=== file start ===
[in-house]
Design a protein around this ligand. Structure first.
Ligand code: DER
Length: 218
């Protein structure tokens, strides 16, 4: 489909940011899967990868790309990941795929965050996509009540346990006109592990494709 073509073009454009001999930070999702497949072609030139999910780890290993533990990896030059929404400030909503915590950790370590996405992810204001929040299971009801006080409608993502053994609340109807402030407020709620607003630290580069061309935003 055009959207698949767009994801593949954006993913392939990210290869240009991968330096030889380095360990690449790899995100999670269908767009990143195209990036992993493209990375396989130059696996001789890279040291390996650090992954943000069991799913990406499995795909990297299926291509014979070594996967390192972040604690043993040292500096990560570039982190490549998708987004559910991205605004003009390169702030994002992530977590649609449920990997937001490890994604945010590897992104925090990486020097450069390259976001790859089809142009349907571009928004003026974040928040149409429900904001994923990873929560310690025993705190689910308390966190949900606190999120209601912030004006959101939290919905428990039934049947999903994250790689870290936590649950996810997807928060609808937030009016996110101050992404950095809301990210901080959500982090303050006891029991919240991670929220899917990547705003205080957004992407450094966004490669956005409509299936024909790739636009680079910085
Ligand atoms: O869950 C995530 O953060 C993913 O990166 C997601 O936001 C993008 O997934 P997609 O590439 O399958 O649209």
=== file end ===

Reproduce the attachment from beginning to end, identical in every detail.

[in-house]
Design a protein around this ligand. Structure first.
Ligand code: DER
Length: 218
């Protein structure tokens, strides 16, 4: 489909940011899967990868790309990941795929965050996509009540346990006109592990494709 073509073009454009001999930070999702497949072609030139999910780890290993533990990896030059929404400030909503915590950790370590996405992810204001929040299971009801006080409608993502053994609340109807402030407020709620607003630290580069061309935003 055009959207698949767009994801593949954006993913392939990210290869240009991968330096030889380095360990690449790899995100999670269908767009990143195209990036992993493209990375396989130059696996001789890279040291390996650090992954943000069991799913990406499995795909990297299926291509014979070594996967390192972040604690043993040292500096990560570039982190490549998708987004559910991205605004003009390169702030994002992530977590649609449920990997937001490890994604945010590897992104925090990486020097450069390259976001790859089809142009349907571009928004003026974040928040149409429900904001994923990873929560310690025993705190689910308390966190949900606190999120209601912030004006959101939290919905428990039934049947999903994250790689870290936590649950996810997807928060609808937030009016996110101050992404950095809301990210901080959500982090303050006891029991919240991670929220899917990547705003205080957004992407450094966004490669956005409509299936024909790739636009680079910085
Ligand atoms: O869950 C995530 O953060 C993913 O990166 C997601 O936001 C993008 O997934 P997609 O590439 O399958 O649209």